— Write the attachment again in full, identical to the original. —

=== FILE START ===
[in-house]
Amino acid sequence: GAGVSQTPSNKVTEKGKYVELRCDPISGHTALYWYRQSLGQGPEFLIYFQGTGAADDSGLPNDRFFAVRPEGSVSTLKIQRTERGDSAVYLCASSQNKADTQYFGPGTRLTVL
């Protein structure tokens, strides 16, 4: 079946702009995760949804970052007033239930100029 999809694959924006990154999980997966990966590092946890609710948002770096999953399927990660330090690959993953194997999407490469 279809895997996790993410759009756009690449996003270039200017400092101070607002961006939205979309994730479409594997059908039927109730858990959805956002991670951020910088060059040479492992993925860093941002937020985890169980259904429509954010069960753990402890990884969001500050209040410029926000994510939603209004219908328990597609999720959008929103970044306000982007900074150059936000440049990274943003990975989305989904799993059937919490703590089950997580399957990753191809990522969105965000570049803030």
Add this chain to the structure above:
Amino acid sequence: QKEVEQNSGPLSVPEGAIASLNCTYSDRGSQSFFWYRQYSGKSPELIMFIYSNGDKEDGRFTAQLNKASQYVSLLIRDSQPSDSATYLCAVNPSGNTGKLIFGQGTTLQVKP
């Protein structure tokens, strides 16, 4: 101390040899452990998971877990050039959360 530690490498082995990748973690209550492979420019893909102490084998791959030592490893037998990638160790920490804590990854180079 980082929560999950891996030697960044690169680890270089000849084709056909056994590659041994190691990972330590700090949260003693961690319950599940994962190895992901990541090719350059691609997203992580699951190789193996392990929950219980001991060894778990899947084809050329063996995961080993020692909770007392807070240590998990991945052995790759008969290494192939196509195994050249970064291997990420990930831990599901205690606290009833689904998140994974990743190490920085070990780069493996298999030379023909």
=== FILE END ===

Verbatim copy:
[in-house]
Amino acid sequence: GAGVSQTPSNKVTEKGKYVELRCDPISGHTALYWYRQSLGQGPEFLIYFQGTGAADDSGLPNDRFFAVRPEGSVSTLKIQRTERGDSAVYLCASSQNKADTQYFGPGTRLTVL
């Protein structure tokens, strides 16, 4: 079946702009995760949804970052007033239930100029 999809694959924006990154999980997966990966590092946890609710948002770096999953399927990660330090690959993953194997999407490469 279809895997996790993410759009756009690449996003270039200017400092101070607002961006939205979309994730479409594997059908039927109730858990959805956002991670951020910088060059040479492992993925860093941002937020985890169980259904429509954010069960753990402890990884969001500050209040410029926000994510939603209004219908328990597609999720959008929103970044306000982007900074150059936000440049990274943003990975989305989904799993059937919490703590089950997580399957990753191809990522969105965000570049803030």
Add this chain to the structure above:
Amino acid sequence: QKEVEQNSGPLSVPEGAIASLNCTYSDRGSQSFFWYRQYSGKSPELIMFIYSNGDKEDGRFTAQLNKASQYVSLLIRDSQPSDSATYLCAVNPSGNTGKLIFGQGTTLQVKP
């Protein structure tokens, strides 16, 4: 101390040899452990998971877990050039959360 530690490498082995990748973690209550492979420019893909102490084998791959030592490893037998990638160790920490804590990854180079 980082929560999950891996030697960044690169680890270089000849084709056909056994590659041994190691990972330590700090949260003693961690319950599940994962190895992901990541090719350059691609997203992580699951190789193996392990929950219980001991060894778990899947084809050329063996995961080993020692909770007392807070240590998990991945052995790759008969290494192939196509195994050249970064291997990420990930831990599901205690606290009833689904998140994974990743190490920085070990780069493996298999030379023909």